In conclusion, I am over the moon proud that these women are now part of history and opening up the military, and in time, the whole wide world to men and women. I just simply wish that people would allow these women to celebrate their accomplishments, and I hope so much that the rest of their Army careers they won’t be surrounded by people who rub dirt in their ranger tabs, because those women (and all of those men who survived the school with them) earned it fair and square

I’m proud to be part of a generation who is continuing the fight and push towards an equal world. So proud of you two, Kristen and Shaye. I hope I can hug both of you soon!

Xoxo,
Annie

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3 Responses to “the first ever female rangers”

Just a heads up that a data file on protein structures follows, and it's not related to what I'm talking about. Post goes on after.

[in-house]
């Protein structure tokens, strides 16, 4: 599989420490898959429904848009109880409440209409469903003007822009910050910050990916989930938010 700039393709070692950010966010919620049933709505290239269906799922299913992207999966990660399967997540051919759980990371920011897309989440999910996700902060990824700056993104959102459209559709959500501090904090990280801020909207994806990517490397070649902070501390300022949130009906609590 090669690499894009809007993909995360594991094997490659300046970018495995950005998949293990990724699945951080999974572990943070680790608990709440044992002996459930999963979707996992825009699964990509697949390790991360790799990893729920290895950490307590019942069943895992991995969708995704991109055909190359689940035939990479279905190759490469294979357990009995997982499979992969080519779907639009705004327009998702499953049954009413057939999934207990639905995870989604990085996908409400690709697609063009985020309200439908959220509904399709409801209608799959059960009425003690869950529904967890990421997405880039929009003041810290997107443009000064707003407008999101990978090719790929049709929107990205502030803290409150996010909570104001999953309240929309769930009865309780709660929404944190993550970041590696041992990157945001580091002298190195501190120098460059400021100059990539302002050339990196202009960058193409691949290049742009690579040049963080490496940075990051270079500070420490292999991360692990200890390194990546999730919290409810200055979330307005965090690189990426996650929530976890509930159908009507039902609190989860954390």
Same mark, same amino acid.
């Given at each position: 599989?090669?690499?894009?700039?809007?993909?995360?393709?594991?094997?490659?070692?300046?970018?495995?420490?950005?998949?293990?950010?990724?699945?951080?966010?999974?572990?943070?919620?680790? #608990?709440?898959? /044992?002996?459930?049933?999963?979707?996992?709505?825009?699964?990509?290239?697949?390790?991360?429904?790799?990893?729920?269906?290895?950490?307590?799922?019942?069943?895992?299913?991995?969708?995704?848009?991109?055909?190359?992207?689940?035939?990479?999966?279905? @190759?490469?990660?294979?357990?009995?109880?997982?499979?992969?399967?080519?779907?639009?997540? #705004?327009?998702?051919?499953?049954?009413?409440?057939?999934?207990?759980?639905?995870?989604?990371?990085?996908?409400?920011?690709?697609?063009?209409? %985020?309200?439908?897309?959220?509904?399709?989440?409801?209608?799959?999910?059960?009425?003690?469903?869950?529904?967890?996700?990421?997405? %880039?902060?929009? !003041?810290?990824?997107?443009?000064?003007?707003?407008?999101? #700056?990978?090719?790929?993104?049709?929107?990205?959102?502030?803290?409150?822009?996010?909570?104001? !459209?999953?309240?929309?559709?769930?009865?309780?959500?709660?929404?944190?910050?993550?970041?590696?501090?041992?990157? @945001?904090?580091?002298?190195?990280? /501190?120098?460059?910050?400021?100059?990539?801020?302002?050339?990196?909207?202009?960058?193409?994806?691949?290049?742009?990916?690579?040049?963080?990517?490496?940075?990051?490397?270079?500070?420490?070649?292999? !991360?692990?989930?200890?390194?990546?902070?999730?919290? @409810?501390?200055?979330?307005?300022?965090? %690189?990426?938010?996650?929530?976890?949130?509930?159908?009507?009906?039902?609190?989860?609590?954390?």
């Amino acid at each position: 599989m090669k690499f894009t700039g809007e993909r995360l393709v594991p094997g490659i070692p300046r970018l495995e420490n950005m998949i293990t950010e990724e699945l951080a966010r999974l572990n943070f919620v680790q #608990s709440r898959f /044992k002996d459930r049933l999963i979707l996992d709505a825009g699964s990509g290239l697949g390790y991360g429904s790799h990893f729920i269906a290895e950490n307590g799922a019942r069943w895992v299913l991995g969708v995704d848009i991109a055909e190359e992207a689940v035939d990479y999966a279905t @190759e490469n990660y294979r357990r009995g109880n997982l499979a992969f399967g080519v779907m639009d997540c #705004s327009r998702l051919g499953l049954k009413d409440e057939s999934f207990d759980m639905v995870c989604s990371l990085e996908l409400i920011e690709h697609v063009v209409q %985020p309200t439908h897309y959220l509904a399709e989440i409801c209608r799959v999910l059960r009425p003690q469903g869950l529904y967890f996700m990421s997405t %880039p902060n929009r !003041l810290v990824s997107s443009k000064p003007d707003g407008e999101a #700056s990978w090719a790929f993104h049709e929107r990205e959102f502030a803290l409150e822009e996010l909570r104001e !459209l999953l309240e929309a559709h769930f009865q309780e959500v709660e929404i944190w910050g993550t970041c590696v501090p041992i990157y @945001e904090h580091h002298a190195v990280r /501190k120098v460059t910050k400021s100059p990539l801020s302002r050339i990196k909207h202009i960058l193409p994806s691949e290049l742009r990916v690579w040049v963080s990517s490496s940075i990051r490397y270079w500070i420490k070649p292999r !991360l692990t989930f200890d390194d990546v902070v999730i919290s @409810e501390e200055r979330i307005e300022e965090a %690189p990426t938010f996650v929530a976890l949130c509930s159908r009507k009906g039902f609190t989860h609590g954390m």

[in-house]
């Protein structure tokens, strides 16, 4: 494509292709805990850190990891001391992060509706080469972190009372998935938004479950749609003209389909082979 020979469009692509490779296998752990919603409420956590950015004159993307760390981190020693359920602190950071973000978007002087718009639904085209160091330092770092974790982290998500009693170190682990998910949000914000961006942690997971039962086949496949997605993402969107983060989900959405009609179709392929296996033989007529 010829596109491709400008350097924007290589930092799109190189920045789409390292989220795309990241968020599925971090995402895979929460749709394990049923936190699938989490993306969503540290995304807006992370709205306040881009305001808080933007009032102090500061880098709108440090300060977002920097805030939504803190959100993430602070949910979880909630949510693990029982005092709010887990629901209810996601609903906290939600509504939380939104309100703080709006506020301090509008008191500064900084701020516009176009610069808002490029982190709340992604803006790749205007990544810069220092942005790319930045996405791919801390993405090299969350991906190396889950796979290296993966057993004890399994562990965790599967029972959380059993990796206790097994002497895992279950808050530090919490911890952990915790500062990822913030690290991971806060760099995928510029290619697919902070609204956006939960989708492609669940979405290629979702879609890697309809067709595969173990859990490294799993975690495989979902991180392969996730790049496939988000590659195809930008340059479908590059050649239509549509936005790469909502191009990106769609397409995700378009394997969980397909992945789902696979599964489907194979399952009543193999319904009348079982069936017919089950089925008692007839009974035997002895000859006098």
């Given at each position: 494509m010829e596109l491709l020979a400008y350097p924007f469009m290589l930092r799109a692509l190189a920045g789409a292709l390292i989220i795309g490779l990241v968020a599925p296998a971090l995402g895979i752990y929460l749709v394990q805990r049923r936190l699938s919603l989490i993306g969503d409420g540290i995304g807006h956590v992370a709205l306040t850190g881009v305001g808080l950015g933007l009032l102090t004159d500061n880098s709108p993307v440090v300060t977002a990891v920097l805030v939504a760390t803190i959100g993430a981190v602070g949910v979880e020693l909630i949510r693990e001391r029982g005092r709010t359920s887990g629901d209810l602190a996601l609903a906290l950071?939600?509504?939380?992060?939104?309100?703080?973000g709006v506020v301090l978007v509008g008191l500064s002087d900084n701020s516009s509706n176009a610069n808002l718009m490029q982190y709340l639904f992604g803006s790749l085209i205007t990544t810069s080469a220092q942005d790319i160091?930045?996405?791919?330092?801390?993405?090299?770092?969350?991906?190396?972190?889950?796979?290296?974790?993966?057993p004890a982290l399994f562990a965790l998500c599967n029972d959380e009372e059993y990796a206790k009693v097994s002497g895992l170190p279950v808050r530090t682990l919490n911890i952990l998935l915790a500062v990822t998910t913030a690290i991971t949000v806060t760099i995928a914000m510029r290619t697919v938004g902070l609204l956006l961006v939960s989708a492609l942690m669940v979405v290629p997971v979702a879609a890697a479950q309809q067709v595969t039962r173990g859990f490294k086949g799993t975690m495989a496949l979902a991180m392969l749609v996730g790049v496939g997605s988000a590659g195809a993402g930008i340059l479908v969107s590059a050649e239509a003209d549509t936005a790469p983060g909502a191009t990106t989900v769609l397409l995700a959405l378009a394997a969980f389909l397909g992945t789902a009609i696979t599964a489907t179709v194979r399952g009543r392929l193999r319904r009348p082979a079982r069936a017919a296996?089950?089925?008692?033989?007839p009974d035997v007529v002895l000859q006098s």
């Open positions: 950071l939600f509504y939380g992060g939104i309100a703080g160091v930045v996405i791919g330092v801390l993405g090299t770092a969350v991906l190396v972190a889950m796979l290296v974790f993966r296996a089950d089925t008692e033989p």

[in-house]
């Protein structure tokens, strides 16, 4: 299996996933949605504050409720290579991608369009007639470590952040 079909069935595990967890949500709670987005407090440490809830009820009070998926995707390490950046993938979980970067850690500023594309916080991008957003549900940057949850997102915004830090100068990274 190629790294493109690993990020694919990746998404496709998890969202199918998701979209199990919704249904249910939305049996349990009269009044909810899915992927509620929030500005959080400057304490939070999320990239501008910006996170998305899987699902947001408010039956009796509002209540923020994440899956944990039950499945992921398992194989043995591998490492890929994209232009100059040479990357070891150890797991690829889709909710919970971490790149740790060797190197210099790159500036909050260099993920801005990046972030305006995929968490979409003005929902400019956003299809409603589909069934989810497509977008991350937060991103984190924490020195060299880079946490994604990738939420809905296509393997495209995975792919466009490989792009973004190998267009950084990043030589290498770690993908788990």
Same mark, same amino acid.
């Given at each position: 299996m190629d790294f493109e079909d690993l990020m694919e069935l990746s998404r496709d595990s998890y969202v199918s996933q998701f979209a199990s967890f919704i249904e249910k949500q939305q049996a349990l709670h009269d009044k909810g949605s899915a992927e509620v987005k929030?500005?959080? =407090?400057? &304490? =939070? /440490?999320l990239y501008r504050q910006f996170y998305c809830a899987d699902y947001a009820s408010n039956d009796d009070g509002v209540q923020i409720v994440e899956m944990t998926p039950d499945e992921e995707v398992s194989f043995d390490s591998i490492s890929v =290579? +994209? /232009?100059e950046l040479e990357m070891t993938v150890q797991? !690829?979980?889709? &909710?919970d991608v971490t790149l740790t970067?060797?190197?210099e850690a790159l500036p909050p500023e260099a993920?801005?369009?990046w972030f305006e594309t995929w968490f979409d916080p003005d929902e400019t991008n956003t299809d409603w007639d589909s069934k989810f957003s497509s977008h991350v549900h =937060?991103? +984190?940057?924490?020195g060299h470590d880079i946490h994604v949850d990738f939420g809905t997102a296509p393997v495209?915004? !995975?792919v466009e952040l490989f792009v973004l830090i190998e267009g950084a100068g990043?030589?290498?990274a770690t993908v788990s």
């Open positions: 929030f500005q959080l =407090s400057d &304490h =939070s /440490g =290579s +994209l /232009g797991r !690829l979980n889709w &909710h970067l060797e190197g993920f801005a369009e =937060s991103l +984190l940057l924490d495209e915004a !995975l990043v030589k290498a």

1. Kimberly Cale August 19, 2015 at 3:53 pm #

    I will join you in celebration! <3 <3 <3 <3 <3 So happy, so proud, and so very excited!

  2. RL Bradford August 19, 2015 at 6:21 pm #

    Be encouraged! I am an old grad from the mid 80s and all of the FB comments from my classmates, have been overwhelmingly positive. Indeed, what I’ve read from other grads (both male and female) 1980-2015, have been very supportive. Also, that article on Welcoming New Era of Rangers have been shared by quite a few male Old Grads. Be proud of your sisters and Go Army!!

    • Anastasia Kristina August 19, 2015 at 6:29 pm #

      RL, thanks so much for the kind words :) I really appreciate it!! i am so proud!